• 07 Jul 2014 /  Uncategorized 12 Comments

    imageThe first meeting with prospective Pahoa High and Intermediate School football players occurred this afternoon in the gym. Pahoa is on board for the formation of an 8-man football game. First practice will be July 21.  “This is exciting,” said Doug Noll, parent of 16-year-old Zachary, who plays baseball for Pahoa.

    At this afternoon’s meeting, it was announced that acting Athletic Director Doc Hudson will be  taking over as vice principal, and the new athletic director is Cal Ishihara, who has spent the last 24 years in physical education in Pahoa. The football coach is Chris Midal, who works at the school’s construction academy, and has worked with the Puna Panthers. Also, the assistant football coaches are Jay Adolpho, Hairama Hanohano, and Makai Kamakeeaina.

    The next meeting with prospective students and parents is Monday, July 14 at 4 p.m. at the Pahoa High School gym. Any interested student should attend. — Tiffany Edwards Hunt

    Posted by Tiffany Edwards Hunt @ 4:38 pm

12 Responses

WP_Blue_Mist
  • Long Says:

    And who are they going to play with just an 8 man team. That is not a standard football team.

  • Tiffany Edwards Hunt Says:

    Several schools on Hawaii Island have 8-man football teams.

  • The Casual Observer Says:

    To meet the needs of small football loving communities across the American landscape, 8-man and 6-man teams have garnered as much pride and excitement as their 11-man counterparts. It’s a new thing for Hawaii, but much rather suited for the many smaller communities that can’t keep up with the demands of fielding a full 11 man team. I hope the league continues to expand. Go Daggers!

  • Hugh Clark Says:

    Some great player have come from smaller football programs in Oregon and Nebraska for instance and some have gone on to star on NFL. It is not just a11-11 player format.

    Typically, speed and good hands are more important than sheer size.

  • Brian F , Jordan Says:

    Football as all sports is a vital part of education. It develops teamwork. Over the last three decades three things have been nearly eliminated from the DOE and HSTA. This does not mean that teachers with true vocations agree with these removals. These items are no longer expected to be taught as they are based on our Constitution and formerly the American work ethic.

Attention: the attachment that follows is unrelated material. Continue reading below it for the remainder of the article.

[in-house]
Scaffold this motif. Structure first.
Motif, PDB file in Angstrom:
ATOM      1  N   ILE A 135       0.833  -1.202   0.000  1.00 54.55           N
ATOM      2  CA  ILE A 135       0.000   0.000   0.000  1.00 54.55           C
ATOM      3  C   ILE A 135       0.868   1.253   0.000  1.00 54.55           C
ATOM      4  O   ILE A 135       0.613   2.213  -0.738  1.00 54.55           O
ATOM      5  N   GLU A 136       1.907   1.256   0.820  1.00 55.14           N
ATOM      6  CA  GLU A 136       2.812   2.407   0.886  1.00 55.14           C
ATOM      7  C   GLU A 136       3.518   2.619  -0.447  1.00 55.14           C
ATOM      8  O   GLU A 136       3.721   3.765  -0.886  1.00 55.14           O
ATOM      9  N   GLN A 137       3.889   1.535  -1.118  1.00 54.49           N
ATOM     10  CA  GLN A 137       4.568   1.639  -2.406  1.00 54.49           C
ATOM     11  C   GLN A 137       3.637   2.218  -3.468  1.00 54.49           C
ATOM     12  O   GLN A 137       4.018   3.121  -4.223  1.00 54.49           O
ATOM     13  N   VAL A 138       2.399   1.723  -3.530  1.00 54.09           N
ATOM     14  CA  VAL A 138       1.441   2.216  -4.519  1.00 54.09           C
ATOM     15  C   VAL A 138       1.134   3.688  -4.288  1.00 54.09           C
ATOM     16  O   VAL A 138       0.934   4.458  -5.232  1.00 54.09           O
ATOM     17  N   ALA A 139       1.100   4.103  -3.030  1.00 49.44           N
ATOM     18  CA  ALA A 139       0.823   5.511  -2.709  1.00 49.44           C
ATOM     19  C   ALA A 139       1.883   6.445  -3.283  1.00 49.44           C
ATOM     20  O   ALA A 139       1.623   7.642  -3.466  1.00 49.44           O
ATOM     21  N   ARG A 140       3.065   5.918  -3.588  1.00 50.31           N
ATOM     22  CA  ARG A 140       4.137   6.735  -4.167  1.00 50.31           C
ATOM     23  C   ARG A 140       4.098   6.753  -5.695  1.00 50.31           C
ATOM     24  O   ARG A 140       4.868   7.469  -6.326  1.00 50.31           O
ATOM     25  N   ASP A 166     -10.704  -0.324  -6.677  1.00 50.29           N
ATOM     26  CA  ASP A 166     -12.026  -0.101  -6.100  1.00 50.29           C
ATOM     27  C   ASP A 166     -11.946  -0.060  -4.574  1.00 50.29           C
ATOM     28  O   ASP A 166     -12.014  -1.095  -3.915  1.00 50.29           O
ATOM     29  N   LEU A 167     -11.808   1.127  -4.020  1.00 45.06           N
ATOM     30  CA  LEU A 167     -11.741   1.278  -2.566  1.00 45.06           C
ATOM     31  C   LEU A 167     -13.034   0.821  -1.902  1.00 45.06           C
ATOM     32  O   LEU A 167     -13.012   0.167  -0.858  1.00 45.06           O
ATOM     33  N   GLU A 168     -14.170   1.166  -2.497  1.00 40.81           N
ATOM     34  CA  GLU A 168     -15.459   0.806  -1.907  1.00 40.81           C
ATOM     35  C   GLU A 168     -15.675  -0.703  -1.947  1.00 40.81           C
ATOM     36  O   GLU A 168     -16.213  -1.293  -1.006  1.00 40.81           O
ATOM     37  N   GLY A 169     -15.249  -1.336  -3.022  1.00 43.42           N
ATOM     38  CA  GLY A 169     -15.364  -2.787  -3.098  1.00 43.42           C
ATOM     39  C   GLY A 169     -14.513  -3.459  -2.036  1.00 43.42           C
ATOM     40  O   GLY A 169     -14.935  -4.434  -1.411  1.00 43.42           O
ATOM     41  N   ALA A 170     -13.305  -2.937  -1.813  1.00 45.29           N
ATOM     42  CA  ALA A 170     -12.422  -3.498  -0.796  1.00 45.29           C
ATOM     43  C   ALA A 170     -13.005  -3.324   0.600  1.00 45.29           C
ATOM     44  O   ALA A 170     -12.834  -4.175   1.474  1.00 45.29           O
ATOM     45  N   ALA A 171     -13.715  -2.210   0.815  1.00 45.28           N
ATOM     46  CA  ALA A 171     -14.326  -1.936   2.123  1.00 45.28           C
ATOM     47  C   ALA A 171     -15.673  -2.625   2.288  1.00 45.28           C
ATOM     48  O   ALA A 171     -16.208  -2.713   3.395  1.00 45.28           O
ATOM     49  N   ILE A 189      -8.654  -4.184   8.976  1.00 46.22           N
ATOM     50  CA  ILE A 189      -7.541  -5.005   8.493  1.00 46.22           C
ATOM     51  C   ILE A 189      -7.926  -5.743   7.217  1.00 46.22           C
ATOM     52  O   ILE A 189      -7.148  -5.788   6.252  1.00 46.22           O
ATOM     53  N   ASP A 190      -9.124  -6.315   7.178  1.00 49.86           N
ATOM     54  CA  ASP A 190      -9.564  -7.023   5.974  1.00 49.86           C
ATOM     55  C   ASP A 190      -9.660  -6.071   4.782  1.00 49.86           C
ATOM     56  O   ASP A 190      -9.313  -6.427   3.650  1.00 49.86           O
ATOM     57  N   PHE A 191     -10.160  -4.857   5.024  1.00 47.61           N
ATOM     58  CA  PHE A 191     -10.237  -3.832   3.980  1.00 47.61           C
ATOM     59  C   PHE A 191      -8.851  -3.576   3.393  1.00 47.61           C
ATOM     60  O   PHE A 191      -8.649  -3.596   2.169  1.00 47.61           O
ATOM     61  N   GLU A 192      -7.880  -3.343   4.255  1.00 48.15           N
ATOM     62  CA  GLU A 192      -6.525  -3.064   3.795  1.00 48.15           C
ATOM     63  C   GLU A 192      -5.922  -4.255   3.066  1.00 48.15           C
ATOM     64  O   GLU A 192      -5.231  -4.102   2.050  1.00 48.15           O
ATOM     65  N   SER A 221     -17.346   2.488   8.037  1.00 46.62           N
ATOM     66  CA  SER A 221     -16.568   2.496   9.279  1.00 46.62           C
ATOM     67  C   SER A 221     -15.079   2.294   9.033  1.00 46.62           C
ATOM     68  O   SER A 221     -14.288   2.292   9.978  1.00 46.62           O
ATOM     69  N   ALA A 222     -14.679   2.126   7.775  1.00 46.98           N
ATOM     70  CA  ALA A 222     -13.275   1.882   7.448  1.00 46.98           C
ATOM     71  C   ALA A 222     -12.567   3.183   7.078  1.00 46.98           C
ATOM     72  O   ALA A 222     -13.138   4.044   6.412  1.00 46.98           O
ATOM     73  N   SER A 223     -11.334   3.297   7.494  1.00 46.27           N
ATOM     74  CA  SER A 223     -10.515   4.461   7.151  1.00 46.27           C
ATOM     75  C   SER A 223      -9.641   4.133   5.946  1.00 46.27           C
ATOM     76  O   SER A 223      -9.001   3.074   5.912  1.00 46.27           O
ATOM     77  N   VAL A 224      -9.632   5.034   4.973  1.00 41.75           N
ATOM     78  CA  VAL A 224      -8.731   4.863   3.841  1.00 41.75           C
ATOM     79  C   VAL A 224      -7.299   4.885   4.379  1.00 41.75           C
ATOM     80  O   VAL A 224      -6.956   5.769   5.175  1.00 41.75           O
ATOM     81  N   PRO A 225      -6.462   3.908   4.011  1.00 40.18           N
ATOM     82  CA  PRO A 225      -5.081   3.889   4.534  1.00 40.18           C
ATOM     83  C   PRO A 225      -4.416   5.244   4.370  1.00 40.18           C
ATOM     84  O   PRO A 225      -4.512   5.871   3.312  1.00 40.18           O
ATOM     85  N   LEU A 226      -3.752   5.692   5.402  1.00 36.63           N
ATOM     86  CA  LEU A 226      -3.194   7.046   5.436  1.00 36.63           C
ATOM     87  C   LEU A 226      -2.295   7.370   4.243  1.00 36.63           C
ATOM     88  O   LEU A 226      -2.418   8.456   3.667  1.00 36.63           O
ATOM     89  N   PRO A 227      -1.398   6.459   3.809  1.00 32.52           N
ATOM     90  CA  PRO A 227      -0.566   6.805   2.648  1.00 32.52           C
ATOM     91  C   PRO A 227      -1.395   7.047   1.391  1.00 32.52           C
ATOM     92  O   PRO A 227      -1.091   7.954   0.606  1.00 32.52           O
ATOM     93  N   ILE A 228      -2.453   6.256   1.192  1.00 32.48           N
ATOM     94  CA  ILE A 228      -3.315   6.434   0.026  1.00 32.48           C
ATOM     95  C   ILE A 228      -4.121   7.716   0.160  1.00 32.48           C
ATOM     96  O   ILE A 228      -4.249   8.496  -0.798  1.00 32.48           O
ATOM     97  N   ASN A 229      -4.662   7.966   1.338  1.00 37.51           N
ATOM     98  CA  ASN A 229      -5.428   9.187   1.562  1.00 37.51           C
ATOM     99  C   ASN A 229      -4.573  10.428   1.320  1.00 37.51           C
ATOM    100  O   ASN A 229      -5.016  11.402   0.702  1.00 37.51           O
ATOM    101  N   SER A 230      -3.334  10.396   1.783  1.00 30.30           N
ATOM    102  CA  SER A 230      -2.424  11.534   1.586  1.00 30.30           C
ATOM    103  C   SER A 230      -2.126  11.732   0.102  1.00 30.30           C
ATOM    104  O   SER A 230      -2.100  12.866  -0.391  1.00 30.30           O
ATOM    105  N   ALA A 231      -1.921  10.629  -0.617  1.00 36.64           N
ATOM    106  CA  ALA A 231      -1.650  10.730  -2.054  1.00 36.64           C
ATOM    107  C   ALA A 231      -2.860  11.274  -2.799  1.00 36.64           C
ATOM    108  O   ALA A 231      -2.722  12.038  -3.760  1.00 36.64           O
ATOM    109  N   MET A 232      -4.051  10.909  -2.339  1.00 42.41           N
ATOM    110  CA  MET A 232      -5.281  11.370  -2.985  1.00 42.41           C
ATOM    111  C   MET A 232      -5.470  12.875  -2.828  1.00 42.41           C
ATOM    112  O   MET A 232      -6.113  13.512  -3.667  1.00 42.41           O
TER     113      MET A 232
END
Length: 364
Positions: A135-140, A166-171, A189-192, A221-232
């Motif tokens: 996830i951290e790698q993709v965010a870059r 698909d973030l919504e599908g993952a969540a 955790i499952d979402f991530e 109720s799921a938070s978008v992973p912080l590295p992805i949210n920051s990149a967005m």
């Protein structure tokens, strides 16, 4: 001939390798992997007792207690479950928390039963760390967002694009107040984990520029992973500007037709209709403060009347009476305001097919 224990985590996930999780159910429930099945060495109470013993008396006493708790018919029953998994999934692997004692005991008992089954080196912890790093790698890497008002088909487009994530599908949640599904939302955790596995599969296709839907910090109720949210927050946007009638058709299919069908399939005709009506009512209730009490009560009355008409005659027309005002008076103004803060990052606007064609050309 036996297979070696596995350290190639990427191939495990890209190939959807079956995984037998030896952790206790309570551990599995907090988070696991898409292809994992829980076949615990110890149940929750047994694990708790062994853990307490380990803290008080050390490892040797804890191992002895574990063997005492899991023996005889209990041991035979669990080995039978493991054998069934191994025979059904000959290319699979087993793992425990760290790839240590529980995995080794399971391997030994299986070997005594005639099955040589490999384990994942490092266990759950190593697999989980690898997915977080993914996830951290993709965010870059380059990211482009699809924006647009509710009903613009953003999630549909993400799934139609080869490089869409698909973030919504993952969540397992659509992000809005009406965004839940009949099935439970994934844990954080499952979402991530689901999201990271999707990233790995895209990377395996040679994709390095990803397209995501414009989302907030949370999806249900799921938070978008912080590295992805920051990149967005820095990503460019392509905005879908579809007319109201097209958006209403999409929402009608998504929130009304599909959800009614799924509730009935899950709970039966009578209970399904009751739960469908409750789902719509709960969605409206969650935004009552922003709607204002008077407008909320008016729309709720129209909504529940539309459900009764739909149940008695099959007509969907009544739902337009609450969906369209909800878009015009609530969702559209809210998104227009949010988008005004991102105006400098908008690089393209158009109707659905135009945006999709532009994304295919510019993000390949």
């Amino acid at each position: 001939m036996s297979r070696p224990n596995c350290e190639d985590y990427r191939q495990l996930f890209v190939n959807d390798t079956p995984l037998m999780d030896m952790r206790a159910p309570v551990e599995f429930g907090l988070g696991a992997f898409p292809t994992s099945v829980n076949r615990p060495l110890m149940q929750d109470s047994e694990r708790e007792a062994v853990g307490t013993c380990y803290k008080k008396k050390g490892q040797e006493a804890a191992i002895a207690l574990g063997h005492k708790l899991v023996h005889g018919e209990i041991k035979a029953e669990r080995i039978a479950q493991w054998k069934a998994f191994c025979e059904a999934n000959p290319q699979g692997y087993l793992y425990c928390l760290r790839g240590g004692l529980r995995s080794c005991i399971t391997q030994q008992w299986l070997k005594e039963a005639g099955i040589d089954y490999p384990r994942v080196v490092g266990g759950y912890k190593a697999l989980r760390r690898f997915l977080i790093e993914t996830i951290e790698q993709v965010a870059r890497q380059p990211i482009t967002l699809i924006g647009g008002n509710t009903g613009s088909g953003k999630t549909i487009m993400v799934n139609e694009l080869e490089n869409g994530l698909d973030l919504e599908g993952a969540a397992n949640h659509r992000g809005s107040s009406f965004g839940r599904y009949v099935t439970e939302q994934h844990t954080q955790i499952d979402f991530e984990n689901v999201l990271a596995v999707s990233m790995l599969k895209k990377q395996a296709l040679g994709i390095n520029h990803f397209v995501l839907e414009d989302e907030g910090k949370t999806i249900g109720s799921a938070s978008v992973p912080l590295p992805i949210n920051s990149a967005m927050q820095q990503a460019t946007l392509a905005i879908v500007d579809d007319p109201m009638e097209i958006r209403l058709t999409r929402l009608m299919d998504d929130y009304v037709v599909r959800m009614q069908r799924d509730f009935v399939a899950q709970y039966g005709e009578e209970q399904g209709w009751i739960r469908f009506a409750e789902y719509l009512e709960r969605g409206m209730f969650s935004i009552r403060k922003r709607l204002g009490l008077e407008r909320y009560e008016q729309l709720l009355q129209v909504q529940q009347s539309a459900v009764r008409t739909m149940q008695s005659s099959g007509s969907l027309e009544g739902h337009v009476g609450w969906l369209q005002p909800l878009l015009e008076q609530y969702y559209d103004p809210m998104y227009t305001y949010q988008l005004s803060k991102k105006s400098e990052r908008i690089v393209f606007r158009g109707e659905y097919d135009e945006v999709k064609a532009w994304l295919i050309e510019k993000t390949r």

First, “The Pursuit of Happiness” with NO GUARANTEE!
    Second, serious hard physical labor, which develops respect for ones personal health. In both body and mind.
    Finally ,integrity in the form of honest evaluation of ones personal effort and expecting themselves and others to take personal responsibility for ones actions.

  • CSGray Says:

    This is all really nice for the small handful of boys who will play, but I haven’t heard a thing about any sports being added for the girls who would like to experience all the same positives from being involved in sports (teamwork, physical activity, work ethic and so on).

    What sport was added for the girls of our community, or are they expected to be satisfied with cheering from the sidelines? I do believe that Title IX, which Patsy Mink worked so hard to pass, requires males and females to have equal opportunity at all schools that get federal funding, and we all know Pahoa gets lots of federal funds. I hope the new athletic director is paying attention to the issue of equity in sport, the days of being able to offer fewer opportunities in sports to girls are long over, unless Pahoa wants to risk all that federal funding it gets. It would be a real shame for the whole school to lose funding because of violating Title IX.

    Are the new booster club and athletic department working for expanding athletic opportunities for the girls too, or just the boys?

  • Tiffany Edwards Hunt Says:

    Carol:
    Of course we are working to promote athletics for ALL students at all 96778 schools. Now that we succeeded on re-establishing the football program, we are looking at developing fundraisers to sustain and promote athletics at both regular DOE and charter schools. This benefits young women and young men, without any discrimination whatsoever.
    On the radar is the run-down Track and Field in Pahoa in need of a revamp and revitalization. The Booster Club is comprised of volunteers, some who have children and some who don’t. This is a classic example of a group seeking to plant positive seeds for all keiki in 96778 schools. Please attend our next Pahoa Booster Club meeting at 9 a.m., July 23 at Luquin’s. We are always looking for help, since volunteers are far and few between these days.
    Or, if you don’t want to sit on the booster club board, you could volunteer to help restripe and clean the Pahoa track that benefits all students, you could help promote a “Thrive Pahoa” 5K / 10K race we are planning in unison with Kalani’s Yoga Festival. Proceeds from that will benefit the Pahoa Cross Country Team.
    If you want to focus your efforts beyond Pahoa, you could help lobby state legislators and council members for a CIP request for a pool in Kea’au for our Kea’au students who have to commute to Pahoa to utilize the pool for swim team etc.